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Federal probe opened into whether Seattle Schools failed special ed students during pandemic

caption: Adele Wheeldon, Rebekah Allen and their children.
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Adele Wheeldon, Rebekah Allen and their children.
Courtesy Adele Wheeldon

The U.S. Department of Education has launched a probe of what it called “disturbing reports” regarding Seattle Public Schools’ alleged failure to provide specialized instruction to students with disabilities during the pandemic.

In a letter to Superintendent Denise Juneau, the agency’s Office for Civil Rights said the investigation was spurred by a KUOW story about the lack of special education services after schools closed last March, including teachers specifically being instructed not to tailor remote lessons to meet the needs of students with disabilities.

“OCR is concerned that the District has failed to provide a ‘free appropriate public education’ to each qualified student with a disability as required by federal law and denied students with disabilities equal access to education,” wrote Kimberley M. Richey, the Acting Assistant Secretary for Civil Rights.

At a Wednesday board meeting, Juneau said the district would comply with the investigation and defended the district’s record.

“We want to emphasize the same thing that the OCR letter states, that in no way does an investigation indicate that a violation exists,” Juneau said.

“Since the beginning of the pandemic, we have, and will continue to follow the guidance of [the Office of Superintendent of Public Instruction]. Since March, every time state guidance has changed, the district has adjusted,” Juneau said.

Education attorney Charlotte Cassady said while the district may have acted in accordance with state guidelines regarding special education during the pandemic, “It doesn't mean that the Office of Superintendent of Public Instruction’s guidance follows the federal law for students with special needs.”

Ultimately the district is responsible for following federal law and, Cassady said, it appears to have fallen quite short for students who need special education services.

For Adele Wheeldon, whose daughter is in third grade and has significant disabilities due to a brain injury, news of the federal investigation was welcome although not surprising. Wheeldon’s family was left out of online learning entirely when it began last spring, she said, and she has had to take an unpaid leave of absence from her job to care for her daughter full-time.

Last spring, her daughter received virtually no special education services, Wheeldon said, and has had minimal services and no in-person since then.

“[The district] admitted that not serving her at all from March to June was not what was supposed to happen,” Wheeldon said. “But it's what happened, and is what I think happened for almost everyone.”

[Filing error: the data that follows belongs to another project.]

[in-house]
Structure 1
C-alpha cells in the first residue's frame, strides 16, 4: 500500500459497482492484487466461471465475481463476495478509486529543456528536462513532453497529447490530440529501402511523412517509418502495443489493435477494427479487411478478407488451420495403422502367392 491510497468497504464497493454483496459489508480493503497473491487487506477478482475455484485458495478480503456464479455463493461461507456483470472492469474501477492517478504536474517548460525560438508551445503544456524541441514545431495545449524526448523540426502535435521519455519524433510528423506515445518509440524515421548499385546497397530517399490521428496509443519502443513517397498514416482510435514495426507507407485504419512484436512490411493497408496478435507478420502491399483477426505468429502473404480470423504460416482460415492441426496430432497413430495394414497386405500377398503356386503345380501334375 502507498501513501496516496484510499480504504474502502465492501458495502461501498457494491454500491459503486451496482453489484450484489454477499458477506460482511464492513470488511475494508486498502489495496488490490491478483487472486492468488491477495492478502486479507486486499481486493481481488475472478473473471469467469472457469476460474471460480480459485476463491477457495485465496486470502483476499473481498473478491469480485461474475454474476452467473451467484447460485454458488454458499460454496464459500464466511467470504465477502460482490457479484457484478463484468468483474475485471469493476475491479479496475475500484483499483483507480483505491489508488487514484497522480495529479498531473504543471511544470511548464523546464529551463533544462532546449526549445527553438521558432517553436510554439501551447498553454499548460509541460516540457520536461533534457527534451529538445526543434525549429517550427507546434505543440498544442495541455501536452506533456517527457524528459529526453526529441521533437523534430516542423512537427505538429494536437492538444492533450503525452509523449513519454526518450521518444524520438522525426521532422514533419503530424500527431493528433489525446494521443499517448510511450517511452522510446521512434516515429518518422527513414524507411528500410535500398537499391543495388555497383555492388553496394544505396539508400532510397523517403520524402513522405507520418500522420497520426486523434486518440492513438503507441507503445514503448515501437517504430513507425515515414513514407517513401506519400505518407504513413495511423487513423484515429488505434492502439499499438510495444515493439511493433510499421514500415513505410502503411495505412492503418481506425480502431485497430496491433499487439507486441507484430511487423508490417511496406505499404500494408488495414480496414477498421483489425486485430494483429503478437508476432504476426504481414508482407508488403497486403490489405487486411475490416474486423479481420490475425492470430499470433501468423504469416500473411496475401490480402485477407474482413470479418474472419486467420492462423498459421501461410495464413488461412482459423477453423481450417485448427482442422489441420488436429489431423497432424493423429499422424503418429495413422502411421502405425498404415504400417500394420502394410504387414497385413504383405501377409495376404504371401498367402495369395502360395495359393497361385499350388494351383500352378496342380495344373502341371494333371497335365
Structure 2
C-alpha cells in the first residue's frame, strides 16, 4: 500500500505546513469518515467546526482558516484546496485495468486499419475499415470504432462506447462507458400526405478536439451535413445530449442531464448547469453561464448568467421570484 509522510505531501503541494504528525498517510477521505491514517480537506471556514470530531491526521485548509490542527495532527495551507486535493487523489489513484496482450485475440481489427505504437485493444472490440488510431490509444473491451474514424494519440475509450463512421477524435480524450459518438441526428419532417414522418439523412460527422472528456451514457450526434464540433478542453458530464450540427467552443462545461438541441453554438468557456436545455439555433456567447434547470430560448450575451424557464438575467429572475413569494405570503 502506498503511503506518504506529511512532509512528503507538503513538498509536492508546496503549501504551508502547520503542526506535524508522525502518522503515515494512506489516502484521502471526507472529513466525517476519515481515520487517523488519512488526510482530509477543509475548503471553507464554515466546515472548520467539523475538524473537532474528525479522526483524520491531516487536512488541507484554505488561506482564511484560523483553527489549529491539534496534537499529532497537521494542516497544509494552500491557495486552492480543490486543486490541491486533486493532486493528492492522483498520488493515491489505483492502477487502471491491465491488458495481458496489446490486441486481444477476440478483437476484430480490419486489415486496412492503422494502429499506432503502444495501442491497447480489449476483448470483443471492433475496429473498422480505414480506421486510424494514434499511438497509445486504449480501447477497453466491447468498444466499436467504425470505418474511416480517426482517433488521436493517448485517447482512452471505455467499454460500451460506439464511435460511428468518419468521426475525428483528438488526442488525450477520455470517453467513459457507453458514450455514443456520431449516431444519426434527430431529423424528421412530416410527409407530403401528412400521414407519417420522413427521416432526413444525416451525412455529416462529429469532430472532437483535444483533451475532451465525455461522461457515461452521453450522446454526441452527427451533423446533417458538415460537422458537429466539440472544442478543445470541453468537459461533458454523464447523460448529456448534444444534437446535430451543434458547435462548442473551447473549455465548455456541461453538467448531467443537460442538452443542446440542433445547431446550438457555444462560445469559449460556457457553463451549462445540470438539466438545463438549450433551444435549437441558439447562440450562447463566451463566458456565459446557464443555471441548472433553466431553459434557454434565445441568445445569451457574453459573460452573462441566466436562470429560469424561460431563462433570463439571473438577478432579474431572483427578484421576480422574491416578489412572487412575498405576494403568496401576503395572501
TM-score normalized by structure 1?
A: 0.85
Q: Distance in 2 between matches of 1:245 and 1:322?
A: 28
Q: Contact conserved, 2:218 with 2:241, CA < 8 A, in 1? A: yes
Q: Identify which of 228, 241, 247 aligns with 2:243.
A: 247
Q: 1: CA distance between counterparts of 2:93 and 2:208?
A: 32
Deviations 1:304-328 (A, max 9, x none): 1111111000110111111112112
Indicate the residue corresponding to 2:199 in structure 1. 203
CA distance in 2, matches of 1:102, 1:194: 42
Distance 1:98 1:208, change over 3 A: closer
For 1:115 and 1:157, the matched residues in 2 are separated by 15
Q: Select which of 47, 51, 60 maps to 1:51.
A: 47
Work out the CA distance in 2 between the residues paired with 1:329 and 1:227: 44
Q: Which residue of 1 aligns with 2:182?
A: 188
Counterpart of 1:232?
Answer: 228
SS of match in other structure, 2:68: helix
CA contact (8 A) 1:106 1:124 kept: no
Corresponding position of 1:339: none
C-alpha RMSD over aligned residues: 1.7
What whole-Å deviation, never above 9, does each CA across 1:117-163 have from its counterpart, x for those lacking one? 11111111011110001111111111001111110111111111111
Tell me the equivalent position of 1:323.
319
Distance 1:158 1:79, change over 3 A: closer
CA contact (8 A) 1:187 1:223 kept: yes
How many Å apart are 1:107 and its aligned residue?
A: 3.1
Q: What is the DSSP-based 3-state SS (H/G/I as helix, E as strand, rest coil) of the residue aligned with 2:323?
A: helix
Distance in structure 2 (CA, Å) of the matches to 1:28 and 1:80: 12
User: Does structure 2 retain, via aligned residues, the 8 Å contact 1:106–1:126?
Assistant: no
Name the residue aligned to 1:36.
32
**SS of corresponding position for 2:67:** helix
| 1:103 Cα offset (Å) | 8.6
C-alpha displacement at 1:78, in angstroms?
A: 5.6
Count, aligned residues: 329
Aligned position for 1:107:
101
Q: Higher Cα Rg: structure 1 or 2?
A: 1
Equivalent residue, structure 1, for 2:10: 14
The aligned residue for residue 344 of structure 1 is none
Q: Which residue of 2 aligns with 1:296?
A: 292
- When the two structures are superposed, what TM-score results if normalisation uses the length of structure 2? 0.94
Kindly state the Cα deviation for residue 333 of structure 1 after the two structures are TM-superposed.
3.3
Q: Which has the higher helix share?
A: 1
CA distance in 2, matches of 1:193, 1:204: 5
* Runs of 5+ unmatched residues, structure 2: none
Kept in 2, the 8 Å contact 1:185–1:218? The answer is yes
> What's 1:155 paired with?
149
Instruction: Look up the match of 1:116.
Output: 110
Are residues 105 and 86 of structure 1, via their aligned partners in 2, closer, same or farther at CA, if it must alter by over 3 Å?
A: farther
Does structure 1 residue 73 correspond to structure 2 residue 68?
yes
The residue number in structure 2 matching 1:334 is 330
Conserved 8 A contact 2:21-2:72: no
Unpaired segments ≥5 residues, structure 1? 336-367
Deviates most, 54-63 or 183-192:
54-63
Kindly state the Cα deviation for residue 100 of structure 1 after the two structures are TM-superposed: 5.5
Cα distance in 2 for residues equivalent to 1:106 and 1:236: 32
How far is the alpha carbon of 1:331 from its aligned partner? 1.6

Meanwhile, Wheeldon said her daughter regressed in her skills and is only now regaining the abilities she had when schools closed.

She said she and other parents have discussed the possibility of filing a class-action lawsuit against the district.

State and federal officials have urged districts to prioritize students with disabilities for in-person instruction during the pandemic, as many have needs that cannot be met remotely.

But this week, the district said fewer than 100 students are currently receiving in-person services out of an estimated 7,560 students in special education.

Janis White, president of the Seattle Special Education PTSA, said that she was pleased to see the Department of Education take an interest in the district’s reported failure to provide students with special education services.

“We've heard from so many families since the pandemic began who have not been receiving services like speech and occupational therapy, or specialized direct instruction in academic and social areas," White said.

Problems with the district’s special education provisions long predate Covid, she said, especially exclusion of students with disabilities from general education classrooms.

“Covid has just kind of magnified those issues.”

"I'm hoping that this investigation really opens up some of the practices that we've been concerned about in the special education system in Seattle, and helps us move the ball forward in terms of improving services for kids,” White said.

The Office for Civil Rights told Seattle Schools that its investigation will begin within a week.

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